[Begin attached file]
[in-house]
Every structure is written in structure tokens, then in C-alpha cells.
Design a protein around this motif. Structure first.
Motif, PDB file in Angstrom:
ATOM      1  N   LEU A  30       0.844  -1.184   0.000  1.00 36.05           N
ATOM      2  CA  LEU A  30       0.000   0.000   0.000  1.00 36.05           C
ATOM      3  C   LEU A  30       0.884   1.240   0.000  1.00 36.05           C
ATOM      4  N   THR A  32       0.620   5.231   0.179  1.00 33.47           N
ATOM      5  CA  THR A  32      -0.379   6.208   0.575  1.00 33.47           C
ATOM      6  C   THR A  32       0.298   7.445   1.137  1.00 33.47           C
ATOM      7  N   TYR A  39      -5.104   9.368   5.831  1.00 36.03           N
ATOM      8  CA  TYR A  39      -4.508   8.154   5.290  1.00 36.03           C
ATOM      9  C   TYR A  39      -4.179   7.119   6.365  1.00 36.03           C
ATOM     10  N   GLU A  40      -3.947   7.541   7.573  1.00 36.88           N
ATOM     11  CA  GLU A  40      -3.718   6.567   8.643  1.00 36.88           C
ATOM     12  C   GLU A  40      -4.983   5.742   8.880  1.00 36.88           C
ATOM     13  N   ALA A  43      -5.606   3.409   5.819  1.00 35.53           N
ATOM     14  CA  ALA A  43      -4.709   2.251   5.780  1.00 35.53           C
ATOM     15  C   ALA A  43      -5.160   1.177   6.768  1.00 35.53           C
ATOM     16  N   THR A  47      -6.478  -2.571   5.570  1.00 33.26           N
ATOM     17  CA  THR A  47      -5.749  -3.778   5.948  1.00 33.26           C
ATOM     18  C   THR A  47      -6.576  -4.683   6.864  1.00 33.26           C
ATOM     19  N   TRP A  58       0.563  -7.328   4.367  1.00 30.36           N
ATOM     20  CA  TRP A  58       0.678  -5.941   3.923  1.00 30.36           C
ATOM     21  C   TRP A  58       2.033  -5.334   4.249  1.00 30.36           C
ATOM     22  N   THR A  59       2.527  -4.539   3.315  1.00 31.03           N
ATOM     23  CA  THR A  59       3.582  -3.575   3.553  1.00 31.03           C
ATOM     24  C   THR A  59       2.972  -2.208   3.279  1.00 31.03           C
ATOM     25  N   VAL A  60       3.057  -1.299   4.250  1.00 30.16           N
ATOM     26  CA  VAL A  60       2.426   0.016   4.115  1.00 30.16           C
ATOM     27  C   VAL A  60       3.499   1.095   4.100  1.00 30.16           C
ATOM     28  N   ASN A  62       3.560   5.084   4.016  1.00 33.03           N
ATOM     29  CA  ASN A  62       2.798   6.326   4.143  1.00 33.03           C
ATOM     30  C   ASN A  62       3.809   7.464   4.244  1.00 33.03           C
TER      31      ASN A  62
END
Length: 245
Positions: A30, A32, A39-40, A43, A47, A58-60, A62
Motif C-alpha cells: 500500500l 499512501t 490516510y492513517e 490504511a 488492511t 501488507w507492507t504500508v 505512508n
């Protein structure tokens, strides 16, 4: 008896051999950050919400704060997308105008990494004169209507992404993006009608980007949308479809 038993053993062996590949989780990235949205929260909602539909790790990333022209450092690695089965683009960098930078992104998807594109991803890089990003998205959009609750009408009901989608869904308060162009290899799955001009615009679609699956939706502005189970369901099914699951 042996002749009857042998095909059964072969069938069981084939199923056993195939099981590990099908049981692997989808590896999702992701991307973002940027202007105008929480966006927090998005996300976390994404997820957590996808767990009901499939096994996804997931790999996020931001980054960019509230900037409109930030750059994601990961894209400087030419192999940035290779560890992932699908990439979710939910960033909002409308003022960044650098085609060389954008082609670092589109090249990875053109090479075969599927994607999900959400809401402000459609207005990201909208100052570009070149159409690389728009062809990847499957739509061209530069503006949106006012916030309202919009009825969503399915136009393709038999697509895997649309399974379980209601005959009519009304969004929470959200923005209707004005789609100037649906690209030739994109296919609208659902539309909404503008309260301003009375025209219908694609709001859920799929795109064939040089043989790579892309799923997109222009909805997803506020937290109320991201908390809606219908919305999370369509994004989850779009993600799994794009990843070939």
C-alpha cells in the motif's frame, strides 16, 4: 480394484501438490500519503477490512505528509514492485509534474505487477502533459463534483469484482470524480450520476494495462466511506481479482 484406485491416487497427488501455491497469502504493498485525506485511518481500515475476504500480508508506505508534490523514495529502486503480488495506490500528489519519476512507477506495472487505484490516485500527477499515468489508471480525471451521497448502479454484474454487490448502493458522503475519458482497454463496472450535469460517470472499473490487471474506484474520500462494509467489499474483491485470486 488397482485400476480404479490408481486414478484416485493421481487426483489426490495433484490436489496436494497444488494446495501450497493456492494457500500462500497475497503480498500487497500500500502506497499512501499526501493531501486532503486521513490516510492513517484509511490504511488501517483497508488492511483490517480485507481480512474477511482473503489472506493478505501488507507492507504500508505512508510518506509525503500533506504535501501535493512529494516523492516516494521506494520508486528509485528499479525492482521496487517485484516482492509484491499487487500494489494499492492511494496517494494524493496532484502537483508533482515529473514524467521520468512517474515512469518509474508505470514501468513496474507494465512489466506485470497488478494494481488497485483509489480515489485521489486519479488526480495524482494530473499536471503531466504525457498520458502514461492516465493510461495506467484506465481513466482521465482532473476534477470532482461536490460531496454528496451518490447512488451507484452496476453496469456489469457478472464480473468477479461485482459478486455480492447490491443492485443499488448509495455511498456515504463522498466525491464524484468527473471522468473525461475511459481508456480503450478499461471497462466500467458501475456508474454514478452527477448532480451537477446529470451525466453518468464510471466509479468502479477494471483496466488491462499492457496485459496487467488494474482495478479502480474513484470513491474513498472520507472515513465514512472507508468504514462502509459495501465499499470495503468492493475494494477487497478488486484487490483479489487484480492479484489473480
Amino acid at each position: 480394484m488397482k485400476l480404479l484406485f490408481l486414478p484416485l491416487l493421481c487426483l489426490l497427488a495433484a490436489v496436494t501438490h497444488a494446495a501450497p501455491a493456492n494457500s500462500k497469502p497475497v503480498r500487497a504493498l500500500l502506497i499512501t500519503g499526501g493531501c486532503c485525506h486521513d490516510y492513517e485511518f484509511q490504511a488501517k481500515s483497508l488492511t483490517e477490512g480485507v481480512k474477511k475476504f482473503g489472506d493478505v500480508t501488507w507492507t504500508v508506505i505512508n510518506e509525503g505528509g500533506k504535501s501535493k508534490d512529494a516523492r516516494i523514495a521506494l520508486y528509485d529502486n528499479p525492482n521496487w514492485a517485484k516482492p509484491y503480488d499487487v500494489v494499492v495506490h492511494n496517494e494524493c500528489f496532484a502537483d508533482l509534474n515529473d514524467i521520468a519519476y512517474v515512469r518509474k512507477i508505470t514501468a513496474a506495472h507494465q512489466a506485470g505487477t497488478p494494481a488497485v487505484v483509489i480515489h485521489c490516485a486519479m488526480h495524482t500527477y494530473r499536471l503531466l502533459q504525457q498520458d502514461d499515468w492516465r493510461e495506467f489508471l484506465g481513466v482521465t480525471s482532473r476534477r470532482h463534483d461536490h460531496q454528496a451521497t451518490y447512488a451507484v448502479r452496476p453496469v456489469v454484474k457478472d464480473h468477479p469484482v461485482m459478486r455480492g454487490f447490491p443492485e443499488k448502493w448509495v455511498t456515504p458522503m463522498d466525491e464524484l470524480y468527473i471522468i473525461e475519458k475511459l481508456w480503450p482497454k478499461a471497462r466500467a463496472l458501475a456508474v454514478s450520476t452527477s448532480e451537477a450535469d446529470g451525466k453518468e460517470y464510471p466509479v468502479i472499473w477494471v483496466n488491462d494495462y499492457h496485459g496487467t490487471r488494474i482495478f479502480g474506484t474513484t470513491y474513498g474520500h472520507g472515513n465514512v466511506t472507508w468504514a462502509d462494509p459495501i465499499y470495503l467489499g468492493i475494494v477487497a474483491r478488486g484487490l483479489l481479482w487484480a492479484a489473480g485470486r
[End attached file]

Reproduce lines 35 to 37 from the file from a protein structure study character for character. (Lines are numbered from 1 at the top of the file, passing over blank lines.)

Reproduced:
TER      31      ASN A  62
END
Length: 245